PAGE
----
Feeds

Google splurges $1.5bn on acquisitions in nine months

Not including the $12.5bn it'll spunk on Motorola

Build a business case: developing custom apps

Google has managed to spend around $1.5bn on acquisitions in the last nine months, including $265m in the month of September alone, according to a regulatory filing.

The official form for its quarterly earnings for the US Securities and Exchange Commission (SEC) also detailed that the Chocolate Factory had splurged $151m on restaurant review guide Zagat and $114m on the German Groupon-clone Daily Deals.

The spends were just two of 56 "acquisitions and purchases of intangible assets" the web giant made in the nine months to the end of September, although the other 54 "were not material individually or in aggregate".

The company also bought ITA, the flight information software company, in the last nine months, which according to its fact sheet on the acquisition cost $700m, although the figure is not included in the filing.

The total value the internet behemoth ascribes to patents and developed technology it got from all its acquisitions is $407m.

Taking out those patents from ITA, Zagat and Daily Deals leaves $236m ascribed to "other", which presumably includes the value of the 2,053 patents it acquired from IBM in two deals over the period. A Google spokesperson had not returned a request for comment on this at the time of publication.

Of course none of these hefty outgoings include the promise of $12.5bn in cash for Motorola Mobility that Google entered into in August, a merger that the company expects to close by the end of this year or early next, subject to approvals.

However, in case you might be getting worried about the poor old monolith's cash-flow, you needn't, since the same filing also shows it is looking pretty good on that front. Google lists $4.2bn in readies sitting in the bank and $6.4bn in cash equivalents (government bonds, securities and the like), not to mention a cool $42.6bn in marketable securities (securities that can generally be converted into cash quickly at a reasonable price). ®

5 things you didn’t know about cloud backup

More from The Register

next story
Assange™: Hey world, I'M STILL HERE, ignore that Snowden guy
Press conference: ME ME ME ME ME ME ME (cont'd pg 94)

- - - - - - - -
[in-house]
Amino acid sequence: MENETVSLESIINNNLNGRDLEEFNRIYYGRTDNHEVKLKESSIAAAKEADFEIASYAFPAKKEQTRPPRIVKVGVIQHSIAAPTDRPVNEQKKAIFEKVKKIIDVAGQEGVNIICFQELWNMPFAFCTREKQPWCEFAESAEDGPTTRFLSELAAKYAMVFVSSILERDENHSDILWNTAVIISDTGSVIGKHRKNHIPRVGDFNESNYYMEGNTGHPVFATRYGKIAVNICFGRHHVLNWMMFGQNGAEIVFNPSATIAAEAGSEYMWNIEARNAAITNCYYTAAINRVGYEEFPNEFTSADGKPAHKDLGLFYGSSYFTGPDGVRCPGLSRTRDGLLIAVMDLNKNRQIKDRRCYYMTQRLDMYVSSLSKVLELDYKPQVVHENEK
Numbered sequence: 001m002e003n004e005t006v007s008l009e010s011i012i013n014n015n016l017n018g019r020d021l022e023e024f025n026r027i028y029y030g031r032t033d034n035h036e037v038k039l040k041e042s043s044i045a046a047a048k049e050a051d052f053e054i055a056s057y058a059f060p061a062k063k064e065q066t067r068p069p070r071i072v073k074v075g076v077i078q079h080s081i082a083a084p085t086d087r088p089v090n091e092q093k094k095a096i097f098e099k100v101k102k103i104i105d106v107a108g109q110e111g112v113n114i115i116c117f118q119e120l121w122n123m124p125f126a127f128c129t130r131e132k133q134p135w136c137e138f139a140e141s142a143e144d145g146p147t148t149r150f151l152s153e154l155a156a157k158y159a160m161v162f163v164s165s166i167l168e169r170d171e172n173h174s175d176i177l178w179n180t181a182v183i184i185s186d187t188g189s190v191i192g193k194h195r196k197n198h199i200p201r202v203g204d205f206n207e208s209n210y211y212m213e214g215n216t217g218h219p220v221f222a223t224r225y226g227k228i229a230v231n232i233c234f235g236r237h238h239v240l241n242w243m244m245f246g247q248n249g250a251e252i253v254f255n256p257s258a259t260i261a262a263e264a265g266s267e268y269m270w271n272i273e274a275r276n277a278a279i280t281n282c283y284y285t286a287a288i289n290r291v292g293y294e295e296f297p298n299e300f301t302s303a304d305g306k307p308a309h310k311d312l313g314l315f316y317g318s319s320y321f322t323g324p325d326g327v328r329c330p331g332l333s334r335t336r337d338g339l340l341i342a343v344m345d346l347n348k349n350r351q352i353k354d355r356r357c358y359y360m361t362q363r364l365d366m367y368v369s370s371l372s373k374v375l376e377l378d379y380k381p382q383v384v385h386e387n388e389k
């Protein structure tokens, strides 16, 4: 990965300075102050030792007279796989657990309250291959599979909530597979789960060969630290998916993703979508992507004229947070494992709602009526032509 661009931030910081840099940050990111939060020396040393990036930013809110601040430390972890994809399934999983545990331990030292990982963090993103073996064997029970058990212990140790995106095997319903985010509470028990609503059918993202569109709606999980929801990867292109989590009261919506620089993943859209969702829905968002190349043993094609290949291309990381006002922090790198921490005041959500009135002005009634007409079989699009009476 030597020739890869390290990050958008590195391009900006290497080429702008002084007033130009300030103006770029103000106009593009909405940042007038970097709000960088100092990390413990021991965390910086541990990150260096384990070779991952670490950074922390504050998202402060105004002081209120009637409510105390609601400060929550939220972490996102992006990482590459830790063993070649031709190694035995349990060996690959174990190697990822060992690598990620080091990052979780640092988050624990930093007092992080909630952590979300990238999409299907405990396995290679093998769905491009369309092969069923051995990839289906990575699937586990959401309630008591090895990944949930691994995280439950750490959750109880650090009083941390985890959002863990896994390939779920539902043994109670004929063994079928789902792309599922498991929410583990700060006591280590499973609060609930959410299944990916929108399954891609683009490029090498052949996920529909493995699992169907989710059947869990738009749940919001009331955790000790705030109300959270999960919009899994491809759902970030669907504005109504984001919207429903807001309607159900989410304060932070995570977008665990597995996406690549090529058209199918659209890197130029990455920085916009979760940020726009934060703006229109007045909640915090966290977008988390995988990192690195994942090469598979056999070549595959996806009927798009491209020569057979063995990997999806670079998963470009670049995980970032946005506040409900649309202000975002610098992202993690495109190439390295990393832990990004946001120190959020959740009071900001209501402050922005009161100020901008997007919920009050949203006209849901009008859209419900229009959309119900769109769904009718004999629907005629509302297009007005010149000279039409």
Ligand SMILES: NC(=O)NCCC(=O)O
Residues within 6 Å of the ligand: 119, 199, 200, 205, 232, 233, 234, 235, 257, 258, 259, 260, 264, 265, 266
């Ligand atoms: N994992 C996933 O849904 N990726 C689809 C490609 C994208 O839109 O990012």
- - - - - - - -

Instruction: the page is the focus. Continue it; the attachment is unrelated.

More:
Premier League wants to PURGE ALL FOOTIE GIFs from social media
Not paying Murdoch? You're gonna get a right LEGALLING - thanks to automated software
Caught red-handed: UK cops, PCSOs, specials behaving badly… on social media
No Mr Fuzz, don't ask a crime victim to be your pal on Facebook
Ballmer quits Microsoft board to spend more time with his b-balls
From Clippy to Clippers: Hi, I see you're running an NBA team now ...
Online tat bazaar eBay coughs to YET ANOTHER outage
Web-based flea market struck dumb by size and scale of fail
Kate Bush: Don't make me HAVE CONTACT with your iPHONE
Can't face sea of wobbling fondle implements. What happened to lighters, eh?
Amazon takes swipe at PayPal, Square with card reader for mobes
Etailer plans to undercut rivals with low transaction fee offer
Call of Duty daddy considers launching own movie studio
Activision Blizzard might like quality control of a CoD film
prev story

Whitepapers

5 things you didn’t know about cloud backup
IT departments are embracing cloud backup, but there’s a lot you need to know before choosing a service provider. Learn all the critical things you need to know.
Implementing global e-invoicing with guaranteed legal certainty
Explaining the role local tax compliance plays in successful supply chain management and e-business and how leading global brands are addressing this.
Build a business case: developing custom apps
Learn how to maximize the value of custom applications by accelerating and simplifying their development.
Rethinking backup and recovery in the modern data center
Combining intelligence, operational analytics, and automation to enable efficient, data-driven IT organizations using the HP ABR approach.
Next gen security for virtualised datacentres
Legacy security solutions are inefficient due to the architectural differences between physical and virtual environments.